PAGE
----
In this article, we begin to extend ontological security to third-image theorizing. We argue that the autobiographical conceptions of international agents, along with other stories told about international politics, constitute ‘the international’ as a system, society, community, or inhabitable realm beyond and between first- and second-image relations. To develop this point, we focus on the relationship between narrative, anxiety, and time. We contend that ontological security issues resound in the third image once we shift from treating the international realm as social agents' external environment to treating it as a collective project in its own right. Doing so highlights the promise of ontological security studies for further differentiating international fear and anxiety, for enabling novel explanations of international phenomena, and for elaborating third-image identity formation as a wide-ranging timing effort to surmount a dynamic, processual environment full of interconnected coordination challenges.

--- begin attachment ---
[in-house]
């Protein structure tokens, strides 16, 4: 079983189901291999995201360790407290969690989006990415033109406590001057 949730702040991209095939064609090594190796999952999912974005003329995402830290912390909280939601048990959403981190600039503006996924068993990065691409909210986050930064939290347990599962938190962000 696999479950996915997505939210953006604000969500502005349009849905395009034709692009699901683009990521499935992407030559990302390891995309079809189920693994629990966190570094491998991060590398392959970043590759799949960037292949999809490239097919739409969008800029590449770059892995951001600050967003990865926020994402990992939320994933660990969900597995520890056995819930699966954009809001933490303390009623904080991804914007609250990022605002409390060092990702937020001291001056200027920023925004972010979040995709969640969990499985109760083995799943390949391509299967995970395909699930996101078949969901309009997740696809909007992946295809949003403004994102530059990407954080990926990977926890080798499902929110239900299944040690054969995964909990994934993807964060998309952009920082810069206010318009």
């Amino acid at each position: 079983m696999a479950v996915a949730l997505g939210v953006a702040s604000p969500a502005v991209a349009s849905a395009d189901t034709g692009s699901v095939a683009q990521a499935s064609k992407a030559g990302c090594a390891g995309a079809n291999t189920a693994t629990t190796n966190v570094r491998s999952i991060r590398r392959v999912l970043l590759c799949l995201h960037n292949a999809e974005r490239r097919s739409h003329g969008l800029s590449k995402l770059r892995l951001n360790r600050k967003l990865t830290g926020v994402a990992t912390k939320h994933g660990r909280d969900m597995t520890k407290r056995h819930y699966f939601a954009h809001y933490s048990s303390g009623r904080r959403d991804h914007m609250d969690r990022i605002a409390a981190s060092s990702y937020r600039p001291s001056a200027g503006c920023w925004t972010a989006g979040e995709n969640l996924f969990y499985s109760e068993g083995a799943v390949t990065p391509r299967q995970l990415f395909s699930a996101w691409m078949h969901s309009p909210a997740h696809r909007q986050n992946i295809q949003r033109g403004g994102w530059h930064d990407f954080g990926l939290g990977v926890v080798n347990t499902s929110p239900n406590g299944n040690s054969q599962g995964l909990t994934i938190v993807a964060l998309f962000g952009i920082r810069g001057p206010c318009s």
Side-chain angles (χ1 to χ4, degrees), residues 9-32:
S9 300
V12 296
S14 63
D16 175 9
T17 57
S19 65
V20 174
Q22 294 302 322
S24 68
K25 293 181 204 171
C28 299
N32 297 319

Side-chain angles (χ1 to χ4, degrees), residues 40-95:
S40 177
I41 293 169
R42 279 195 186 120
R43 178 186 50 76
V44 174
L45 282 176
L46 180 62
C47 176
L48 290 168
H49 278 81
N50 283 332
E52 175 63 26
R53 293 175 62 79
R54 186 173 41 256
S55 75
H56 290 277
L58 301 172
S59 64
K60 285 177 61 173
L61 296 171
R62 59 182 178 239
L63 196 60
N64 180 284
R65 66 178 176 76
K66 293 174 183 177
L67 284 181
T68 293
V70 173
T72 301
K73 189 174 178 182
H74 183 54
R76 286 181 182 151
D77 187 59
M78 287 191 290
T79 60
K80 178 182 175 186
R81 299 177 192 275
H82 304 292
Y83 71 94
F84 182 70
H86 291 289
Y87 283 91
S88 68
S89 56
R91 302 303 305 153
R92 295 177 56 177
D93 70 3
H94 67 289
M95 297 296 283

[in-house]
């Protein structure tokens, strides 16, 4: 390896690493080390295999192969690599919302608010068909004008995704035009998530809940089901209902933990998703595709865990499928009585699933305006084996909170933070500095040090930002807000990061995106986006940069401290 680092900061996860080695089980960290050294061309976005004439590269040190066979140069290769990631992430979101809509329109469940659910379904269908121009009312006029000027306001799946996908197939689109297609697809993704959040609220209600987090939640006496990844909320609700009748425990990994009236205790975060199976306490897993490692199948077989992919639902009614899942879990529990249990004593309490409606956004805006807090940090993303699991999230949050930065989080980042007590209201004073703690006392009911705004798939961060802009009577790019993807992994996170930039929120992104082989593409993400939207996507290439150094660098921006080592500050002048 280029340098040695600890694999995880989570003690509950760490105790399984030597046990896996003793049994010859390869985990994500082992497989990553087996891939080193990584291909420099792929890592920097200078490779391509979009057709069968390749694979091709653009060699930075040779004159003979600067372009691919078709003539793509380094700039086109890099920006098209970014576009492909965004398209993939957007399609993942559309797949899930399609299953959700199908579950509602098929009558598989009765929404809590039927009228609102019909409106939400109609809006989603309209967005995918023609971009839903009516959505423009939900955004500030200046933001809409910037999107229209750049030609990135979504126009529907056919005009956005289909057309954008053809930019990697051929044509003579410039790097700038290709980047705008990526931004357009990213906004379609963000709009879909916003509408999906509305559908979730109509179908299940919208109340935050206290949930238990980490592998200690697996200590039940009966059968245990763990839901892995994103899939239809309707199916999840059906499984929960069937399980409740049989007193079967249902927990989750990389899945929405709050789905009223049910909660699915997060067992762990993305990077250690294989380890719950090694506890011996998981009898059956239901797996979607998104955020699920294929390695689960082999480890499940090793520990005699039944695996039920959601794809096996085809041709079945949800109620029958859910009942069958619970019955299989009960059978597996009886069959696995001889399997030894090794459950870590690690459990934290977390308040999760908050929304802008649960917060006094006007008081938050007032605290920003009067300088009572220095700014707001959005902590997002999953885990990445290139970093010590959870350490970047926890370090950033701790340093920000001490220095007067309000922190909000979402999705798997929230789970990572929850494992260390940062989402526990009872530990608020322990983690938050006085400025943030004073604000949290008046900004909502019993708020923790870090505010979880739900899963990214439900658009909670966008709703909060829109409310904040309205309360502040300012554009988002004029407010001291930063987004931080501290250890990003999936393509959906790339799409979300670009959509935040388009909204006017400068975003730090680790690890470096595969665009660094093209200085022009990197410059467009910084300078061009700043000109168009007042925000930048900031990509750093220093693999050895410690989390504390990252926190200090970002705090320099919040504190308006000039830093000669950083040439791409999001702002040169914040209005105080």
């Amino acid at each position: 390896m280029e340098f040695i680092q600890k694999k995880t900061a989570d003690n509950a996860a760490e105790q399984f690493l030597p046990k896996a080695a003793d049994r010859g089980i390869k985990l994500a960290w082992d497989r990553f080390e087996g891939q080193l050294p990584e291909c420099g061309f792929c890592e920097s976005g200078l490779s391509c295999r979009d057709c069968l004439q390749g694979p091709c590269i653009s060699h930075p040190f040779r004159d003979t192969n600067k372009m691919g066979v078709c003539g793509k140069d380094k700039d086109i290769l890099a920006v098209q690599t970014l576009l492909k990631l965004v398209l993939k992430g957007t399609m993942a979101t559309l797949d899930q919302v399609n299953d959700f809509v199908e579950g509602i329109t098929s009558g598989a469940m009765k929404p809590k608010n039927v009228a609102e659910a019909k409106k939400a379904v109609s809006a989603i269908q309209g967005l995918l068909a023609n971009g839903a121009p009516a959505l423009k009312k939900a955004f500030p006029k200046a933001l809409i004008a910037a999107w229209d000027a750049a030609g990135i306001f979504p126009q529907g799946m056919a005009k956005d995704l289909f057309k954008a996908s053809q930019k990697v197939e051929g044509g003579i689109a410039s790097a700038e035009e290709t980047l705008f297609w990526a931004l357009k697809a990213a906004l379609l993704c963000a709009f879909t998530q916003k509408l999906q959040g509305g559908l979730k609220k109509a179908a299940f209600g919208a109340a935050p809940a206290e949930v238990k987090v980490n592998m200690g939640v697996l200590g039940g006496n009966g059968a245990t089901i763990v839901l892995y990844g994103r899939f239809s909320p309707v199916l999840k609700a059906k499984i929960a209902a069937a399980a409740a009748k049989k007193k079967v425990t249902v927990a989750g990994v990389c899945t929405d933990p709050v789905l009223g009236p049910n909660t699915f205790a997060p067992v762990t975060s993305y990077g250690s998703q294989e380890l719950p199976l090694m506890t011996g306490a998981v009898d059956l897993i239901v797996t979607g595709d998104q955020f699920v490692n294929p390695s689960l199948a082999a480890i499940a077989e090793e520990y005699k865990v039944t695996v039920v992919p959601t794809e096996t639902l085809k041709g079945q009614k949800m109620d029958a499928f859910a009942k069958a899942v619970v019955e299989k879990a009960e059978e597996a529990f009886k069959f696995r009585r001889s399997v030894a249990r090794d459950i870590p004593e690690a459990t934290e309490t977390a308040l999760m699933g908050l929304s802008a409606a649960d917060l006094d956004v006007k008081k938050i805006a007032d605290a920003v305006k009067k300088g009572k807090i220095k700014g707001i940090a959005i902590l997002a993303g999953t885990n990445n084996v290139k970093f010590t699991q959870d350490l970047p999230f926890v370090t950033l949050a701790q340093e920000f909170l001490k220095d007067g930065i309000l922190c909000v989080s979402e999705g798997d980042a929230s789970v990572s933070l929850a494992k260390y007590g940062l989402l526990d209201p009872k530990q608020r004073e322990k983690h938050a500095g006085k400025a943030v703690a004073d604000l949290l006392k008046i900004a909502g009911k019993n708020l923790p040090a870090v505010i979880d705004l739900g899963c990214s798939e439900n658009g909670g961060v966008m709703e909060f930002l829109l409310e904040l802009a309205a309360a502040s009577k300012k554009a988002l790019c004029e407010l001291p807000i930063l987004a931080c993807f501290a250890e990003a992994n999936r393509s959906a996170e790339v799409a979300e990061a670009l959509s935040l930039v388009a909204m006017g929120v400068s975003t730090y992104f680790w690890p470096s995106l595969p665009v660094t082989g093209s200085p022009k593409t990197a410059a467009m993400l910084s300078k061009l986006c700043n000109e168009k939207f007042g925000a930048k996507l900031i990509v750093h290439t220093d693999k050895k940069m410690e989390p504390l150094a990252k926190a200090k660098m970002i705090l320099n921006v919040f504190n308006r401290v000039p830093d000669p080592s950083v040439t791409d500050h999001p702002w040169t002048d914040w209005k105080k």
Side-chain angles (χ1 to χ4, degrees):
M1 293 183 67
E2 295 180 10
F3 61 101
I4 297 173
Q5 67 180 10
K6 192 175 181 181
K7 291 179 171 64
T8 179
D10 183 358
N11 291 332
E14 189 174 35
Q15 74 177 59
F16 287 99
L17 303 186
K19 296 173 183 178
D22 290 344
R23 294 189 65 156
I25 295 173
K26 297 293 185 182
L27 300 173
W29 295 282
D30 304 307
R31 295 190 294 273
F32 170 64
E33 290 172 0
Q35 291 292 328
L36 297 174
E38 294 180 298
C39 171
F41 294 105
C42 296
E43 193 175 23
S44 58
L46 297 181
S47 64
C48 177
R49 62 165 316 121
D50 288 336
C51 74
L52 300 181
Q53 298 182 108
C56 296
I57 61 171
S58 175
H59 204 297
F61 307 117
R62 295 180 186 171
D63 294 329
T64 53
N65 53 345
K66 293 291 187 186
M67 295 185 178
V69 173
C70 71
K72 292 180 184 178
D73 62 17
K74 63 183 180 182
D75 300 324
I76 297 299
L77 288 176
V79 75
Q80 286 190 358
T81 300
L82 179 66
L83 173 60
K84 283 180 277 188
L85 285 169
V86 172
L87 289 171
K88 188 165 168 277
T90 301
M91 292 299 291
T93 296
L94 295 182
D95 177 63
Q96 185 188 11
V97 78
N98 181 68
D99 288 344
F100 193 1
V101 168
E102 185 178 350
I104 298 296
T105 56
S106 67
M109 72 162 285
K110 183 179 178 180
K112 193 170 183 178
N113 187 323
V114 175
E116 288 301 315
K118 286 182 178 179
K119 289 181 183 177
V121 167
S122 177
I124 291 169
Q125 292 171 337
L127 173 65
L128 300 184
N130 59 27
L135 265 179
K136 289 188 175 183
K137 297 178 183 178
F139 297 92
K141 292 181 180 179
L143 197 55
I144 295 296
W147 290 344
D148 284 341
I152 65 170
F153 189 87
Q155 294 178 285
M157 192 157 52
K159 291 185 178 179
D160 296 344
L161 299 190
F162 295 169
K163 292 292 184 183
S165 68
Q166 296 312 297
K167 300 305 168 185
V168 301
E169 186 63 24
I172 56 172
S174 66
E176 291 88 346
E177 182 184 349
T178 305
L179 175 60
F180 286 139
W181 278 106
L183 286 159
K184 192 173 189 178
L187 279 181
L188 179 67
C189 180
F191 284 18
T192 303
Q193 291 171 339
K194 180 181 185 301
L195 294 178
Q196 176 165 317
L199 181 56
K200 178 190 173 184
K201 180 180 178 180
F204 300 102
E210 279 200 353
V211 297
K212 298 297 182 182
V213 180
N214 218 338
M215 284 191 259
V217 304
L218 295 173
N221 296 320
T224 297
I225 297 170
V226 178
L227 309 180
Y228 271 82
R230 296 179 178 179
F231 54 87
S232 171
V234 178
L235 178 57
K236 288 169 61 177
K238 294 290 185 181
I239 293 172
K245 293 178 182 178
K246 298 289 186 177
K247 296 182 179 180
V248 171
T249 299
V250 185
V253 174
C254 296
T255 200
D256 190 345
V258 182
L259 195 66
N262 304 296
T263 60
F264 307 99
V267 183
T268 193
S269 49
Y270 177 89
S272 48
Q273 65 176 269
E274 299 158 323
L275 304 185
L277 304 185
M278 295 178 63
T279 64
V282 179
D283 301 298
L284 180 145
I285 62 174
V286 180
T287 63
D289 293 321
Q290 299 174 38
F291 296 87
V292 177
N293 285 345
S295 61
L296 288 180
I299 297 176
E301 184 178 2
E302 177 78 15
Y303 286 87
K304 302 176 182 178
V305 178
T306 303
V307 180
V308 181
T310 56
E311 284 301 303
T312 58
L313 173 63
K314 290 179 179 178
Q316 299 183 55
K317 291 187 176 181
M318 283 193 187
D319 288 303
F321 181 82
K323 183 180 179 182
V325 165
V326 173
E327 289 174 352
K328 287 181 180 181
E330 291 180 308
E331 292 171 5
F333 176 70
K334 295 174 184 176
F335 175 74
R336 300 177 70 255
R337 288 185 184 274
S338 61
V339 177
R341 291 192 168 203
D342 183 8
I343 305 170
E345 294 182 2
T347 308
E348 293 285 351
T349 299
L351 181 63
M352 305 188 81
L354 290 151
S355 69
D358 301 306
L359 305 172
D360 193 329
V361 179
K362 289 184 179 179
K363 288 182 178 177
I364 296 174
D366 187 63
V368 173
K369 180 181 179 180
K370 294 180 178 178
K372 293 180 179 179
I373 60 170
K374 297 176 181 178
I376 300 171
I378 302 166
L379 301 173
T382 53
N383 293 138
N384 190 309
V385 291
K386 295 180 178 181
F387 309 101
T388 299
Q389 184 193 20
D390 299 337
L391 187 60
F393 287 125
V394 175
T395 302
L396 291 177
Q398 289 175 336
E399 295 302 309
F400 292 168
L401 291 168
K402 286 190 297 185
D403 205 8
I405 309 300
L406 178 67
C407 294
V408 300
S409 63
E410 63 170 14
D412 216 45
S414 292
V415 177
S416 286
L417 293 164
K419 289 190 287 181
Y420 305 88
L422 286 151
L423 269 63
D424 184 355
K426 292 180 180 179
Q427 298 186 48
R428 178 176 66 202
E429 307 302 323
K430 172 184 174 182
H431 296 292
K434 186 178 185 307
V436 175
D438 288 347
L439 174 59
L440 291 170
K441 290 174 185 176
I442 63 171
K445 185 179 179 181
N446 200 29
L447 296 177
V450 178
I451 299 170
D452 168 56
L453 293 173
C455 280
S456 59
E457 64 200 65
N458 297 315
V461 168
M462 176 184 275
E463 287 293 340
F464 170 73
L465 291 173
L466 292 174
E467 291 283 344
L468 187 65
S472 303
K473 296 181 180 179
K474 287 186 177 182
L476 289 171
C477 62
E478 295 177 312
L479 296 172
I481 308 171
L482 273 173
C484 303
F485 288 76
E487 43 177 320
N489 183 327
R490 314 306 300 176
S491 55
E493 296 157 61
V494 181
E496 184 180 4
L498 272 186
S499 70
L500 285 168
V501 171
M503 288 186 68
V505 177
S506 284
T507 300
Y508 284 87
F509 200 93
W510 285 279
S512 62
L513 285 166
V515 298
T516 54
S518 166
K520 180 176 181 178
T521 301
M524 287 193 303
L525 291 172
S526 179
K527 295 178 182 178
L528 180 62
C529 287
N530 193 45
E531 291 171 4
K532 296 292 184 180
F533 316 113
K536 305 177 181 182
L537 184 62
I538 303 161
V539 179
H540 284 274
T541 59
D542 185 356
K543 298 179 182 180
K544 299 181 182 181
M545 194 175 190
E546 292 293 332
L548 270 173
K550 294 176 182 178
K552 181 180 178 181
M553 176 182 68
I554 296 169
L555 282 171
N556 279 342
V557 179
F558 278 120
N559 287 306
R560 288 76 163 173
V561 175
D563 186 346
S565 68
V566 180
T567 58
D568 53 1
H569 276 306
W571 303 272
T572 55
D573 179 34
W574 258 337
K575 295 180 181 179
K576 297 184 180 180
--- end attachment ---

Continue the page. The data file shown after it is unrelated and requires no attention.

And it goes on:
- international relations
- third image theorizing